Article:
This crazy story about a university claiming that posters in a window “break the law” is a good example of how chaotic and inconsistent law-making can lead to a denial of liberty. Quick thread. #
I’ve been doing some reading on the ‘chilling effect’ recently. It’s usually used with regards to freedom of expression, but it’s a term imported from US legal thought, and can be applied to any kind of liberty or lawful activity. #
Supreme Court Justice William Brennan warned of how a ‘chill’ can be “generated by vagueness, overbreadth and unbridled discretion” of laws/state powers used to curb speech. (Dissent in Walker v City of Birmingham, 388 US 307 in 1967) # Continue reading “Vagueness, Overbreadth and Unbridled Discretion in Law-making”
I have some mild coronavirus-like symptoms. Its probably nothing, but now everyone in our household needs a test. Life and work are on hold while we struggle to get an appointment, and then wait for the results.
Yesterday morning I spoke to Vanessa Feltz on the BBC Radio London Breakfast show about my frustrations. You can listen below or on SoundCloud. The full show is available on BBC Sounds for 30 days.
Continue reading “Talking About Coronavirus Testing Inefficiencies on the BBC”
I’m incredibly busy with a couple of major things at the moment made more difficult by the lockdown.
(No, not A Thousand And One Recaps — that’s ticking along just fine).
As a result of my distractions, have not had time to post about the appalling UK coronavirus death rate, the preposterous lockdown sabotage by Dominic Cummings, the horrific murder of George Floyd in Minneapolis, or the atrocious glorification of violence by Donald Trump that has finally caused Twitter to place warnings next to his Tweets.
My silence on all these issues is not to be taken as due to a lack of opinion, or sufficient emotion about each of them. I just don’t have time.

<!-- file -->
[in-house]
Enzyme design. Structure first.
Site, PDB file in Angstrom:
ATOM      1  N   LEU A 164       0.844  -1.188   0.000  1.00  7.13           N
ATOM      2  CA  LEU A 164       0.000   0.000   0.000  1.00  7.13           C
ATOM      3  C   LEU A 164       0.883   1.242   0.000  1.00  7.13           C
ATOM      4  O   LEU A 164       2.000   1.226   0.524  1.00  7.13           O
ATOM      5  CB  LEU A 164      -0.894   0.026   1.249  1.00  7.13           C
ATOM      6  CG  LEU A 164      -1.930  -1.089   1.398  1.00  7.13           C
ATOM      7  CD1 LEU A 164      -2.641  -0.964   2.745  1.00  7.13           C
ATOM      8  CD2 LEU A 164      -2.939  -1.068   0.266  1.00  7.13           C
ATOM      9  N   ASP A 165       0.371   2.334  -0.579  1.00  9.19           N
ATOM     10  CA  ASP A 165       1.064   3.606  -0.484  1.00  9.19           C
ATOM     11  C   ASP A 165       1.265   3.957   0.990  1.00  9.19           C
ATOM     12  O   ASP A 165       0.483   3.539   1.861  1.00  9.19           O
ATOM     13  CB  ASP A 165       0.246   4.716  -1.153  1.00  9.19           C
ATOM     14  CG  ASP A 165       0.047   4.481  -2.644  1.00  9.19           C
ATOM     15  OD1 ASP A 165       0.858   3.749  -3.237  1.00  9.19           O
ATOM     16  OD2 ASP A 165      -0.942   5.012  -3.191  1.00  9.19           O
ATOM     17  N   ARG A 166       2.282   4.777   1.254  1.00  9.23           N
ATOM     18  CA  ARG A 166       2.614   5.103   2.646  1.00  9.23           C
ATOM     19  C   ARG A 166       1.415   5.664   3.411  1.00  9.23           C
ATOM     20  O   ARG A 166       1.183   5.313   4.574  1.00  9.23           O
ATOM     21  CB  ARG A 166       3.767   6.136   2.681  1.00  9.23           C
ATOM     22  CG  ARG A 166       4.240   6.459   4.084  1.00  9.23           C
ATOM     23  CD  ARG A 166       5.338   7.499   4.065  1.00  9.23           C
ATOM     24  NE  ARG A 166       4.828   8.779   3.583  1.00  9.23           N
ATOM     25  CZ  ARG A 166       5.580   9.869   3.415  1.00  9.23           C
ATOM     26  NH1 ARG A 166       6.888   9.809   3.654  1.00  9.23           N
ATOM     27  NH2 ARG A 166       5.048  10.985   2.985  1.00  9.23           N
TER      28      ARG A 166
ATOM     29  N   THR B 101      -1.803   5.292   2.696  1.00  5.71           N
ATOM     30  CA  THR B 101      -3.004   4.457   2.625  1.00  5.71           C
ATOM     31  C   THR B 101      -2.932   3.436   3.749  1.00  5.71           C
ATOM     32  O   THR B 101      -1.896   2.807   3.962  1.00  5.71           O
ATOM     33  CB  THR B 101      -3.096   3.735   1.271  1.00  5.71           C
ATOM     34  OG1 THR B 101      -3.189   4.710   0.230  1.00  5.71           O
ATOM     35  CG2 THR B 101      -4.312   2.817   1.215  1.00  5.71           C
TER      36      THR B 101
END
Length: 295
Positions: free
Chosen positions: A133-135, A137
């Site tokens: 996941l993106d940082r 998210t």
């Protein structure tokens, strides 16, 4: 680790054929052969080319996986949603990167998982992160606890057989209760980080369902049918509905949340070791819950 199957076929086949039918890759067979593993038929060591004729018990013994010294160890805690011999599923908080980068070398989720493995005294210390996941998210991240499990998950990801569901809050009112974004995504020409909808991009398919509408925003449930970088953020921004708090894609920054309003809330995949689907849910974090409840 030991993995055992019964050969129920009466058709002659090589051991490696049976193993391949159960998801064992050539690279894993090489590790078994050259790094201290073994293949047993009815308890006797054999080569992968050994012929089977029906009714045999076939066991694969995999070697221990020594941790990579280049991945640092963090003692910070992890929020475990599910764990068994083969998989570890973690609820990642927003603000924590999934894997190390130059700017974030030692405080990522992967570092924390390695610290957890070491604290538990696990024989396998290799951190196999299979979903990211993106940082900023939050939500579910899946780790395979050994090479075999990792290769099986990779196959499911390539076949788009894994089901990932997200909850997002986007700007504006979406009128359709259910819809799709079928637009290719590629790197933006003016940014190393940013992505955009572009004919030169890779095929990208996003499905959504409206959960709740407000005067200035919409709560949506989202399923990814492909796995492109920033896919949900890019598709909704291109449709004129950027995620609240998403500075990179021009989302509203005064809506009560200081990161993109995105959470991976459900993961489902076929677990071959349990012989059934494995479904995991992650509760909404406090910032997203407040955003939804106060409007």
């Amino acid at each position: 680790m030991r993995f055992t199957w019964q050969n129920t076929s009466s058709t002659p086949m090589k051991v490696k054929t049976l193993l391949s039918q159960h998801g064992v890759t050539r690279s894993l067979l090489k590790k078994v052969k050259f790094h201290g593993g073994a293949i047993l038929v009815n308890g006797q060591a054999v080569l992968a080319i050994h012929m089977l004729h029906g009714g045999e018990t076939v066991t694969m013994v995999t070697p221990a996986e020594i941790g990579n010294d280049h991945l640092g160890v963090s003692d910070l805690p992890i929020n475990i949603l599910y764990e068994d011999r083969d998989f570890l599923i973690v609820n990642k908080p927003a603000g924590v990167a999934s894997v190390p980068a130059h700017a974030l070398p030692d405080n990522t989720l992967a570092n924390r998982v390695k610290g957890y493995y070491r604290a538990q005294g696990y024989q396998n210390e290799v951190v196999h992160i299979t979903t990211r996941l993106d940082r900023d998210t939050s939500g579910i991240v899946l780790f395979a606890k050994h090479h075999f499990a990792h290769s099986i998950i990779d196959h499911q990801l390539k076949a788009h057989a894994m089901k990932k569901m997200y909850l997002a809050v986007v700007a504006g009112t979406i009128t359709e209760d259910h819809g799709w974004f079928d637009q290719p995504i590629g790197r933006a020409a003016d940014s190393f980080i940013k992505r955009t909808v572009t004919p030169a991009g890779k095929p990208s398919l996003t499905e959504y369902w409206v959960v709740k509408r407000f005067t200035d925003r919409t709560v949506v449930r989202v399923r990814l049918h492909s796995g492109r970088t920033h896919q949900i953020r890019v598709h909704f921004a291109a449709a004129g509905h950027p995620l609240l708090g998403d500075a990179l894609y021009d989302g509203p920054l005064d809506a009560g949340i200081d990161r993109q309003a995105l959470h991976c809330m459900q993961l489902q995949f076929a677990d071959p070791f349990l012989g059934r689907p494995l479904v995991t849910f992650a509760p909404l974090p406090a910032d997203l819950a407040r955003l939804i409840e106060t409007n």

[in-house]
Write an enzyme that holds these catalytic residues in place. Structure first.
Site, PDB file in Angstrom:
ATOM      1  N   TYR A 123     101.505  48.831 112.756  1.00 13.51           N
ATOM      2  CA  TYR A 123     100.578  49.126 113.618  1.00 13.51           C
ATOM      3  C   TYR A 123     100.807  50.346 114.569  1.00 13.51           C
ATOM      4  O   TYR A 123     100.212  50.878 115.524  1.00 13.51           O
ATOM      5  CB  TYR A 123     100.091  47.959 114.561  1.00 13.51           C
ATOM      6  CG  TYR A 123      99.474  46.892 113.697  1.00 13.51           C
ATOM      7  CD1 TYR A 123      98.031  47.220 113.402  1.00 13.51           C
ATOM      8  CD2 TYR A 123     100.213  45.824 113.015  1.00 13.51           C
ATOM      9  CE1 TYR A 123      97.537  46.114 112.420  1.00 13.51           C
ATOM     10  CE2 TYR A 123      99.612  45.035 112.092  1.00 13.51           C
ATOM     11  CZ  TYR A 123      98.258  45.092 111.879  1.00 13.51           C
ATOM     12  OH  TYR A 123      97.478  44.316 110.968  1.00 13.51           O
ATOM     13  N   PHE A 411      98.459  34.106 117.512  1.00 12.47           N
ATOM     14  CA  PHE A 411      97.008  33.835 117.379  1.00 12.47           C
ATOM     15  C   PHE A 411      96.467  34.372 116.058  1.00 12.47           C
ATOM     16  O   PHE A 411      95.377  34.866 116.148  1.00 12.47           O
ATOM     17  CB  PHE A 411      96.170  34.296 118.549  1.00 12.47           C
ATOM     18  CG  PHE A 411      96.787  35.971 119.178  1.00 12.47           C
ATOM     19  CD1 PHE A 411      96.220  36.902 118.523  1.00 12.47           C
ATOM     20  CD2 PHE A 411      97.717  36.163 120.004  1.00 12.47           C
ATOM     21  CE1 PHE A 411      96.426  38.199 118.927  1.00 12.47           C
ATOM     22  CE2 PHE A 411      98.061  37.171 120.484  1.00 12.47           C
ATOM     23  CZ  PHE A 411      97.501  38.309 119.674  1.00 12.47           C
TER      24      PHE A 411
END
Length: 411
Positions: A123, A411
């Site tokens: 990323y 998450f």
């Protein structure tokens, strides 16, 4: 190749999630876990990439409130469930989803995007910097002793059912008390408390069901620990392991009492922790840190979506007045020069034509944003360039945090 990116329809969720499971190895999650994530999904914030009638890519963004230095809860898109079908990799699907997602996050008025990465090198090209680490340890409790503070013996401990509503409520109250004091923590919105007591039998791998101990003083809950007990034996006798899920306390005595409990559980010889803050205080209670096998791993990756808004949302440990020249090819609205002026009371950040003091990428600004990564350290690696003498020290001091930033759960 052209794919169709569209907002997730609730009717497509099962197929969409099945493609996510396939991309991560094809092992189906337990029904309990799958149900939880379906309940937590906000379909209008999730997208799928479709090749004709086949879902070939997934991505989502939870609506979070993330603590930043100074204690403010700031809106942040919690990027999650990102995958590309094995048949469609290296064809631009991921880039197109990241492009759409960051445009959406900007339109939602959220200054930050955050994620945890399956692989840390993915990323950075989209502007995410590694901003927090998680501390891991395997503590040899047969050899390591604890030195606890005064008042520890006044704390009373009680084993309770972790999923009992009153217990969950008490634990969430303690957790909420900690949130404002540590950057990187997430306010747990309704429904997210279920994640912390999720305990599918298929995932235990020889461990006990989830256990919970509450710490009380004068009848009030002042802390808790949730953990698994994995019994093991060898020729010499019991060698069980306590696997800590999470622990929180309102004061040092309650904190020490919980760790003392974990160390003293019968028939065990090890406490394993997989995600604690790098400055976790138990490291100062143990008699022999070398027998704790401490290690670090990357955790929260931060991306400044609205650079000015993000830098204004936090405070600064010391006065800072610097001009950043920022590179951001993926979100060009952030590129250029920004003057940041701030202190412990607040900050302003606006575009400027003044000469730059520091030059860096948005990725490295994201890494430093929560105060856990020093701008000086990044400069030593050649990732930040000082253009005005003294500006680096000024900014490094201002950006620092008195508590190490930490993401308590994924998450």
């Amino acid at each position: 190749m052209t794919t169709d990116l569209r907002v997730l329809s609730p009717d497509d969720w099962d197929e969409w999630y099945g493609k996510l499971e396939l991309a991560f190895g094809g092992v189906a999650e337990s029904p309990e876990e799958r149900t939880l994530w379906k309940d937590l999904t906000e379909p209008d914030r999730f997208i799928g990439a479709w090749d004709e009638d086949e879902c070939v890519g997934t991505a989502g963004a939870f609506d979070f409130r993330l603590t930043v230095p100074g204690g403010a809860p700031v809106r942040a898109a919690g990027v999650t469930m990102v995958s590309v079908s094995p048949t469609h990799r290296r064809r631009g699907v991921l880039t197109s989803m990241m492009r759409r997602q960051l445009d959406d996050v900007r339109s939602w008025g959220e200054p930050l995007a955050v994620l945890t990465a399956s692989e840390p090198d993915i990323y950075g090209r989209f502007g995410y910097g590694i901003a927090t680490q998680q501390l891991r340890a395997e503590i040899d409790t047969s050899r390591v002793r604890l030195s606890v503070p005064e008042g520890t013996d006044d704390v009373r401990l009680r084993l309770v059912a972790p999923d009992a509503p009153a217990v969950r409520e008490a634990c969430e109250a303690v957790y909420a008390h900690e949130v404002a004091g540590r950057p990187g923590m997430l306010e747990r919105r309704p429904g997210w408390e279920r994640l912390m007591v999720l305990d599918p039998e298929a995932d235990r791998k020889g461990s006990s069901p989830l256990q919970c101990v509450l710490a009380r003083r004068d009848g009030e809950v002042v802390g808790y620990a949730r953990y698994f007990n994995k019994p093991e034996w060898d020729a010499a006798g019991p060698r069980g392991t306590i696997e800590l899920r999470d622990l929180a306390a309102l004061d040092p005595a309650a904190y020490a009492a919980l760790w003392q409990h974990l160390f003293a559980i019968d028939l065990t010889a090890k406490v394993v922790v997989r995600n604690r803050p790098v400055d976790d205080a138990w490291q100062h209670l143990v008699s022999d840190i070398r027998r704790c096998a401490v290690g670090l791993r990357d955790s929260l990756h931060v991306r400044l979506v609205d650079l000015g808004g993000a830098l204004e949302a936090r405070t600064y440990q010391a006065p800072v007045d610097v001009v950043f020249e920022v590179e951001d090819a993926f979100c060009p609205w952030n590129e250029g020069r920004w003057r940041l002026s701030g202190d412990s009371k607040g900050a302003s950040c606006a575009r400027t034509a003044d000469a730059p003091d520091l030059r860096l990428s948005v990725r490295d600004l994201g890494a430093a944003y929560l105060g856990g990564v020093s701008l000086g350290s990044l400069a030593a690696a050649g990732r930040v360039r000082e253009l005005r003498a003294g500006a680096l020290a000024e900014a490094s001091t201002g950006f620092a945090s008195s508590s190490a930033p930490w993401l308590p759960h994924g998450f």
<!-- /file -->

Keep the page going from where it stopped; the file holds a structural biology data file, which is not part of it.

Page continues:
Continue reading “Journalists Under Attack”
We’re all in this together. But what happens when we’re not?
Earlier this week I posted a tweet that got plenty of attention.
When the COVID-19 antibody test becomes available, it will split the country – and the world – into two types of person: those who are immune to the virus, and those who are still susceptible.
In the long term, when we have established ‘herd immunity,’ this won’t matter.1 But in the short term it could prove incredibly divisive, and cause the disintegration of solidarity and co-operation that our country has demonstrated so far.
Continue reading “Will the #COVID19 Antibody Test Break Our Discipline and Make Things Worse?”
The idea of human rights being valuable in themselves doesn’t wash with a lot of people. Instead, they want to see a practical benefit to rights. Seeing horrible people benefit from the same rights as the rest of us undermines people’s support for such rights.
I worry about this a lot.
This attitude is particularly apparent this week due to the horrific knife attack in Streatham, which mirrored the awful murders at the Fishmonger’s Hall in December. In both cases the perpetrator had been released from prison following a conviction for terrorism, and so now there is discussion about retrospectively changing the release and parole procedures for such criminals. Continue reading “When Defending Human Rights, We Must Tell Pragmatic Stories That Appeal To Self Interest”